Disappointed with limited of myeloma related news trickling out of Chicago last week? You shouldn't be. True, there wasn't a lot of new data presented at this year's American Society of Clinical Oncology (ASCO) meetings. But some was significant. And more will be available June 12th - 15th at the European Hematology Association (EHA) conference
I'll spend the next few days sharing and interpreting data from the American Society of Clinical Oncology (ASCO) annual meetings at McCormick Place on Chicago's waterfront. But why reinvent the wheel? The MMRF has done an excellent job reporting on ASCO thus far. The excerpt I have posted below focuses on relapsed/refractory patients. But there
Today is myeloma day at the American Society of Clinical Oncology annual meetings in Chicago. There isn't a lot of myeloma related data being presented this year, but the important stuff is out today. Normally I'd be there covering the event. Not this year. I spent today at Mayo Clinic in Jacksonville, Florida. Just finishing
As I mentioned earlier this week, there isn't much myeloma related activity at the American Society of Clinical Oncology (ASCO) until Monday. That gives us a chance to review a couple of important things to look for when comparing one experimental therapy to another. Let's start with relapsed/refractory. Someone who relapses isn't necessarily refractory (resistant)
Normal 0 false false false EN-US X-NONE X-NONE MicrosoftInternetExplorer4 Walter Capone, President of the Multiple Myeloma Research Foundation (MMRF), is excited about a new myeloma therapy: SAR650984. He mentioned this exciting new therapeutic option for heavily pretreated multiple myeloma patients while we were working together in Tampa two weeks ago. Here's the MMRF's press release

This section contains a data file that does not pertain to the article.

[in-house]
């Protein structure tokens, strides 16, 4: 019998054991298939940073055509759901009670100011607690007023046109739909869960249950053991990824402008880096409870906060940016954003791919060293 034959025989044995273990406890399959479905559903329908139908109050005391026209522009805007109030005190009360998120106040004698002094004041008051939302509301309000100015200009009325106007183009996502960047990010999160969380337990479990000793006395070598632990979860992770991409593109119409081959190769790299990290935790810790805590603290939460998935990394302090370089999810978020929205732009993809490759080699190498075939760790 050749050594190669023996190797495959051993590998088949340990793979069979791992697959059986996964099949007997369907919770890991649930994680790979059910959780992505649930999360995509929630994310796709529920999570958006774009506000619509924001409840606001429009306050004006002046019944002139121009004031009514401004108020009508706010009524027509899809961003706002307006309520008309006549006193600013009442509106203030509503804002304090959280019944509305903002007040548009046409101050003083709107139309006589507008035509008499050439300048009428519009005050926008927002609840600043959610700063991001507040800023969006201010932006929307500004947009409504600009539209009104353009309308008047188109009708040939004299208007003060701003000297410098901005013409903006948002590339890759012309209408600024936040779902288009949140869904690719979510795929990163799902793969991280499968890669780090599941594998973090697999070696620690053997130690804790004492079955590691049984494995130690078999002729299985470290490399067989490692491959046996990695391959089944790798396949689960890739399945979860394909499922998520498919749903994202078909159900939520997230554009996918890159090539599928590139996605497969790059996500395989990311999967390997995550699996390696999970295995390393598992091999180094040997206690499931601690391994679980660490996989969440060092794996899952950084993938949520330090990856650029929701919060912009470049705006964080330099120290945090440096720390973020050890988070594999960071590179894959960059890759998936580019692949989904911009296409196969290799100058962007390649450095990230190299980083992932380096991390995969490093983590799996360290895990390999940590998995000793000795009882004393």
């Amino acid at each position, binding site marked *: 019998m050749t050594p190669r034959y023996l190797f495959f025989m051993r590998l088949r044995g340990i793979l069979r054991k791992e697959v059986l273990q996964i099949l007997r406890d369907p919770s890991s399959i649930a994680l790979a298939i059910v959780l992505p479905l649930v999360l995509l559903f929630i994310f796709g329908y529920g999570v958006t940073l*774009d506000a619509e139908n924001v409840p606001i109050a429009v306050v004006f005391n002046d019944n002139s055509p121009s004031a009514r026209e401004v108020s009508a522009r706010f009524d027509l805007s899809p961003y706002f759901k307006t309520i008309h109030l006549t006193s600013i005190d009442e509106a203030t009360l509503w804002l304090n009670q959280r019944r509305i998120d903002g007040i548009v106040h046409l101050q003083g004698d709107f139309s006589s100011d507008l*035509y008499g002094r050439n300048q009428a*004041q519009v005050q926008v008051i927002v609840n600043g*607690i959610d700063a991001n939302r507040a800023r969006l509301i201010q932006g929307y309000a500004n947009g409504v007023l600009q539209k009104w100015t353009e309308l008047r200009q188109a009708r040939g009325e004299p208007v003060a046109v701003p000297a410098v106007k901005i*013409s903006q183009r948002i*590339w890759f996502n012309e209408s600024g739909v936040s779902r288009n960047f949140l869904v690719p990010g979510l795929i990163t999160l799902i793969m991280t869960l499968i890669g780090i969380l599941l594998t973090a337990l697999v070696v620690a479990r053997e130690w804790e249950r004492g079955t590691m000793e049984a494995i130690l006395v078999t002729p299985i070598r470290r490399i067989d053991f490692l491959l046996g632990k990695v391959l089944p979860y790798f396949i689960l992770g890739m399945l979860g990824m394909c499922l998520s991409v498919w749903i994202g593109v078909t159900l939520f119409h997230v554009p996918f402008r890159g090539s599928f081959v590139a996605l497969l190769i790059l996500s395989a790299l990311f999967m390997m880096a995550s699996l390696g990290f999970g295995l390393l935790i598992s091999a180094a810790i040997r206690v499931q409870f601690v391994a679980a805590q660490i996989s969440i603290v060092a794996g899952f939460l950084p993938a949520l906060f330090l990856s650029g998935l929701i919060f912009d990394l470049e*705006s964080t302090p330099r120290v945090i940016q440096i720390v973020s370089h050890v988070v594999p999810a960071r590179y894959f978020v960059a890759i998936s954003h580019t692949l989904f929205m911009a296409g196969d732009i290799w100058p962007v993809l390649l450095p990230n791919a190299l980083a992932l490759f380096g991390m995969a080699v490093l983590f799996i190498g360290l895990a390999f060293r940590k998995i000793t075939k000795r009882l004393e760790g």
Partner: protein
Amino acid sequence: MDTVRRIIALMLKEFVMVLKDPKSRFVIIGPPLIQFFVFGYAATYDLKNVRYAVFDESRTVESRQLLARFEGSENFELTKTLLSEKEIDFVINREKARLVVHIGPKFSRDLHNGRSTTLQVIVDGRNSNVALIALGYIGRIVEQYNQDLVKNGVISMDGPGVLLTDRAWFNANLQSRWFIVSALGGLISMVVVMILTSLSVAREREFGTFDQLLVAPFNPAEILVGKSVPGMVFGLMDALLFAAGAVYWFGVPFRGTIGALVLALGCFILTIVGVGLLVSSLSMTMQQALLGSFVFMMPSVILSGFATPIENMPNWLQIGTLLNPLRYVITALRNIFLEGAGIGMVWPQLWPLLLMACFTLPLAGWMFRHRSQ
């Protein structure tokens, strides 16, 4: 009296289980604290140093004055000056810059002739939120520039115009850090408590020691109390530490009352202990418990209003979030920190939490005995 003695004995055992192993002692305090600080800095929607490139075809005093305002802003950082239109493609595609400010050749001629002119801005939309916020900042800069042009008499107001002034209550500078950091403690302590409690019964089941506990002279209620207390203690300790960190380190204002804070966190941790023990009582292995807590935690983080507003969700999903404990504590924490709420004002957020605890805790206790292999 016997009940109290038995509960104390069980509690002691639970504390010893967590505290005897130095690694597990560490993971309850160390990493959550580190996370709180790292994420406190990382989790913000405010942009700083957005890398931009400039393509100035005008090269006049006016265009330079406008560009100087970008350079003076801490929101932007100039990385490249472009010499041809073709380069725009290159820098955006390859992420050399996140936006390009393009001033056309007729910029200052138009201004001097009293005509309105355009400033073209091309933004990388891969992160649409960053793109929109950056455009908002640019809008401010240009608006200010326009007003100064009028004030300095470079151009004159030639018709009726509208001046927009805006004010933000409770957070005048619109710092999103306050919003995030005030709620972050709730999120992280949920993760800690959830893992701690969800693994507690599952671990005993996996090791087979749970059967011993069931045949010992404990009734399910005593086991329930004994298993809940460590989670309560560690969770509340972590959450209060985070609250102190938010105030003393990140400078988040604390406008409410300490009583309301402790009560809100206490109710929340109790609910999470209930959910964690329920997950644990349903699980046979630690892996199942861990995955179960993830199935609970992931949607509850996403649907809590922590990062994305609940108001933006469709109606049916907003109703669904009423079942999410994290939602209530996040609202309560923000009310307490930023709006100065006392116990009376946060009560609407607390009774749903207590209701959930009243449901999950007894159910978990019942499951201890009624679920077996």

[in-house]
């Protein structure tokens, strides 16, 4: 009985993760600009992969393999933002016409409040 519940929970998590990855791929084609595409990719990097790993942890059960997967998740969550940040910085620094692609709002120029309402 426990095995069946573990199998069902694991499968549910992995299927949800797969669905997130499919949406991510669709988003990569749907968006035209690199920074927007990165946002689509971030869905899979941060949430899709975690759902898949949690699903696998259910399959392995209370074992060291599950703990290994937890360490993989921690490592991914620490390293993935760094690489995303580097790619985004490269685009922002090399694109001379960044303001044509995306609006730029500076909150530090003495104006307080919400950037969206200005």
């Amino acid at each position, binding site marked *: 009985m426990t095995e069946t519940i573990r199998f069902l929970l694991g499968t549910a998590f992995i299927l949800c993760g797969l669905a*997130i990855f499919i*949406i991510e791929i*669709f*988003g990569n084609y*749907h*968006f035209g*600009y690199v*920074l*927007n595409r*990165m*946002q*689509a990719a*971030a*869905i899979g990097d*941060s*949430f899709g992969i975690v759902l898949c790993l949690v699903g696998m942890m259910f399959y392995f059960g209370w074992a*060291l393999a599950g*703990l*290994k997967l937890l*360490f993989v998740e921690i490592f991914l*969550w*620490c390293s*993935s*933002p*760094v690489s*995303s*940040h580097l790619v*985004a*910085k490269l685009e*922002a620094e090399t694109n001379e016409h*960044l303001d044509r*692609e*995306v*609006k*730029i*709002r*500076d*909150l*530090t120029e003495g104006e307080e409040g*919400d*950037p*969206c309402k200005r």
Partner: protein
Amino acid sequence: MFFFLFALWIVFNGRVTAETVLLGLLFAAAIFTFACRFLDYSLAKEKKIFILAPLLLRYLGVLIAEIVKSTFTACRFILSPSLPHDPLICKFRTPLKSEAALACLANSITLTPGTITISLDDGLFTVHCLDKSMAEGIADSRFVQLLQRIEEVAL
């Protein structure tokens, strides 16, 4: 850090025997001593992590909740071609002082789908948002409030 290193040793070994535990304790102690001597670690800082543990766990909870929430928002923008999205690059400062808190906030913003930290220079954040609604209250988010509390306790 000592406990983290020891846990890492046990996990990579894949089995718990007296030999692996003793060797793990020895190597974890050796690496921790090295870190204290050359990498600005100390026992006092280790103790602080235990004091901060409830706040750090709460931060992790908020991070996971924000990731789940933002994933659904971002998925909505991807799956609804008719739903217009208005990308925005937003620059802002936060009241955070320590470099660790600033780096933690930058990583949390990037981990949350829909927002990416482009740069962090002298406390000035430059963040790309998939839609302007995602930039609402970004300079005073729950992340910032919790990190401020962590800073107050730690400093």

It's ASCO weekend in Chicago. For the first time in five years I'm not there; the timing with our move wasn't good. So I will be covering it from our new home in Fernandina Beach near Jacksonville. In the past I've sat in the press room, covering the goings on on behalf of the IMF
Following Friday's post about the release of important clinical trial data at the American Society of Clinical Oncology (ASCO) and European Hematology Association (EHA) meetings in June, Joe asked this: Pat, Looking forward to your take on ASCO. Do you have any sources of information for when and where the phase 3 Daratumumab clinical trials
There are a pair of important medical meetings just around the corner that should give us an idea about how well several of the new myeloma therapies are working in real live patients. The American Society of Clinical Oncology (ASCO) annual meeting is May 30th - June 3rd in Chicago, while the European Hematology Association
Incremental baby steps. I hope I haven't given the wrong impression about myeloma news coming out of Chicago at this year's American Society of Clinical Oncology (ASCO) meetings. I've been whining about how there hadn't been any big myeloma related news. That part is true. But there are hundreds of clinical trial results being presented
If you think about it, large numbers of patients have only been using Revlimid for six years or so; Velcade maybe seven or eight. So solid survival data is just starting to pop-up. Let me introduce you to a study, presented at ASCO, that should help shut-up the, "You need to transplant right away!" crowd.